News consumers are used to certain types of coverage being highly distorted — perhaps most notably U.S. political news. How would a prominent international sports event do by comparison, in terms of The Knife’s ratings? We analyzed two sets of articles about the World Cup (each covered by the same two outlets), and found the coverage was spun and slanted.
As a quick comparison, here are the ranges of the World Cup articles’ total integrity, slant and spin ratings, compared to two recent events that received significant media attention: the G7 and the Trump-Kim summits. The integrity ratings were fairly similar, and the World Cup coverage was the most slanted of the three events.
The Germany–Mexico match
It’s no secret that both Germany and Brazil are favorites in this World Cup. Germany isn’t only the reigning champion — it has claimed a total of four World Cup titles. Brazil’s five titles — as well as its earning twice each second-, third- and fourth-place finishes — make it the most successful team in the competition’s history.
Sure, underdog Mexico’s victory over Germany may have come as a surprise, but it may be a half-surprise because favorites are upset in sports all the time. One could argue it’s part of the nature of sports: a team beating the reigning champion, elevating its game while elevating the sport itself.
ESPN and The New York Times both slanted their coverage in favor of Mexico, dramatizing Germany’s loss. Look at the Times’ descriptions side-by-side (the vague, subjective or dramatic language is marked below):
The German team …
- seemed flummoxed by the Mexicans’ speed and directness
- seemed out of sorts for most of the game
- seemed put off by Mexico’s initiative, its willingness to attack in numbers and, perhaps most important, by its speed
- [has] given up the steering wheel in the group to Mexico
The Mexican team …
- stuns Germany at the World Cup
- [provided] the first major surprise of the 2018 World Cup
- never surrendered
- [Hirving] Lozano turned Germany’s Mesut Özil inside out
- arrived in Russia with its most talented, most experienced, most highly regarded team in years. It surely now feels anything must be possible
ESPN had similar descriptions. For example, it called the goal-scoring Lozano a “hero” in its lead sentence, Mexico’s start of the game “blistering,” and its goal as “the goal they deserved.” It also wrote that the German team was “suddenly looking ragged” and that it was “struggling to muster much threat.”
The spin may add entertainment value, but it also has a drawback: As long as outlets don’t denote what’s opinion or distortion, compared to what’s objective fact, they may train readers to conflate the two. One could argue that in the world of sports the non-differentiation is harmless — and it might be. But the process in thinking (the conflating of fact and fiction) is the same when brought to other contexts, such as politics and world news.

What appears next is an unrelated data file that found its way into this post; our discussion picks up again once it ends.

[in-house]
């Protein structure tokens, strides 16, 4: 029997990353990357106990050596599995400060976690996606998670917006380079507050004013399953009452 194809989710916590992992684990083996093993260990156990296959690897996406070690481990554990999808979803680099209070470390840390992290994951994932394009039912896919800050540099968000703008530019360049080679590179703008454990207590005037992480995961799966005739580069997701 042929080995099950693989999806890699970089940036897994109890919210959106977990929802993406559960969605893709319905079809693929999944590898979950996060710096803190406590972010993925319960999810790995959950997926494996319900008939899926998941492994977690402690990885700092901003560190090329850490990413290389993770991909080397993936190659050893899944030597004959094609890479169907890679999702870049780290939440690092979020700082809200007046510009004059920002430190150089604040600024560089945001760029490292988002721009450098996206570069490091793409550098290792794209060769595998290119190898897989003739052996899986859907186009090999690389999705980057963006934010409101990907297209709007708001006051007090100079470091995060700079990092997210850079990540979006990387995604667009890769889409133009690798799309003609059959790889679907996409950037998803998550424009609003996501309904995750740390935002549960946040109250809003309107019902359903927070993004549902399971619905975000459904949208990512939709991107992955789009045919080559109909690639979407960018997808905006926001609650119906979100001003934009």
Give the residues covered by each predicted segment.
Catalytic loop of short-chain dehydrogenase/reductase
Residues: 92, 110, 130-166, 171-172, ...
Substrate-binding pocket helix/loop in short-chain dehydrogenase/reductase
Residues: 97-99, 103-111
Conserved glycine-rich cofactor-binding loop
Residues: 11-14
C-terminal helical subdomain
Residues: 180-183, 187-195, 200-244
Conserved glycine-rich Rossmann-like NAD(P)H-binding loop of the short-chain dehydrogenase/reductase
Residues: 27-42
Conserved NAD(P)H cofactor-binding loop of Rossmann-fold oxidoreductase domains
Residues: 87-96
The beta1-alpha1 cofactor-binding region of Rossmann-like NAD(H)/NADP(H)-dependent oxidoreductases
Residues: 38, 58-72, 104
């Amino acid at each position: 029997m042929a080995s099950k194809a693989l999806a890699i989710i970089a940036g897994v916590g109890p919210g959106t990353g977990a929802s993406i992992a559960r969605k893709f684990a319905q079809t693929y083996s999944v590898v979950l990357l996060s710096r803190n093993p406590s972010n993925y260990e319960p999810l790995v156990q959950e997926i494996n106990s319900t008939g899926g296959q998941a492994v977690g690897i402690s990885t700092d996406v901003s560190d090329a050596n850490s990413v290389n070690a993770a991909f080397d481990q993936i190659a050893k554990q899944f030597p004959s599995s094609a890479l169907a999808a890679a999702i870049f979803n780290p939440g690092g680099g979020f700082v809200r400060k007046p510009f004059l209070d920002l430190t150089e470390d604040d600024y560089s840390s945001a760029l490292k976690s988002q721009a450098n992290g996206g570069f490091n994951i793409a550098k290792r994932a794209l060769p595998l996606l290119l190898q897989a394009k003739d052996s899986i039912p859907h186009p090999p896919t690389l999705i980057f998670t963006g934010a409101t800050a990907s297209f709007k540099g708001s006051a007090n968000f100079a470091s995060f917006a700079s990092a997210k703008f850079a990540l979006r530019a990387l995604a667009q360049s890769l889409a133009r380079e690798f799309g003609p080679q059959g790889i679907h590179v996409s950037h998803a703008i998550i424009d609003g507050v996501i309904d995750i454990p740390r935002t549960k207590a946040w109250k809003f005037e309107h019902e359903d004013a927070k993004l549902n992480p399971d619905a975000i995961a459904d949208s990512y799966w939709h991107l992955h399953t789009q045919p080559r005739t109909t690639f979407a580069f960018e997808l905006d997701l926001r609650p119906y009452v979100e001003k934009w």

The Brazil–Switzerland match
The Germany-Mexico coverage was slanted in a way that emphasized the underdog’s win. The coverage of the Brazil-Switzerland match was a little different: it emphasized that Brazil should have won (while many likely shared this expectation, it’s an expectation nonetheless). Consider the same outlets’ headlines (clue: let the spin lead the way!).
Brazil held to shock draw by Switzerland in Group E opener (ESPN)
For Brazil, a Disappointing Start to World Cup (NYT)
It’s not to say Brazil’s tie wasn’t a “shock” or “disappointing” to its fans, but the descriptions are subjective and could cast the team in a negative light.
ESPN also wrote that Brazil “pushed hard for the winner … but had to settle for a draw.” The tone here may be closer to that of a competitive parent who is disappointed in a child losing a match. That’s not the same as objectively reporting what happened during the game, the results, and what players and coaches said.
The Times’ coverage was similar in this regard. The outlet wrote in its last section:
Brazil Looking for Redemption
Last time we saw Brazil in a World Cup, well, let’s just not talk about that. There are six players on the current Brazilian squad that were also part of the team that was embarrassed by Germany in 2014, but this year’s edition expects nothing less than to win it all.
It’s not a problem for journalists to express their opinions when reporting the news. Opinion can indeed be valuable, especially in op-eds, analyses and other similar pieces. What’s limiting is presenting opinion as fact. This is one of the reasons The Knife advocates separating the two and why it has two key sections in each analysis: the Raw Data (just the facts) and The Distortion (which may contain opinion, and it’s noted as such).
The end goal?
It’s not uncommon for opinion to be part of sports reporting. Most sports fans know that when they’re watching a match, commentators are delivering the facts live, while providing expert opinions on what’s unfolding. Live commentary provides insights, as well as a very human type of rapport or entertainment that makes watching sports not just enjoyable, but a cultural experience.
It’s possible that written sports reporting can balance both of those aspects — objective reporting and the journalist’s opinions. A clear separation between the two might bring readers the best of both worlds.
Written by Ivy Nevares
Originally published on The Knife Media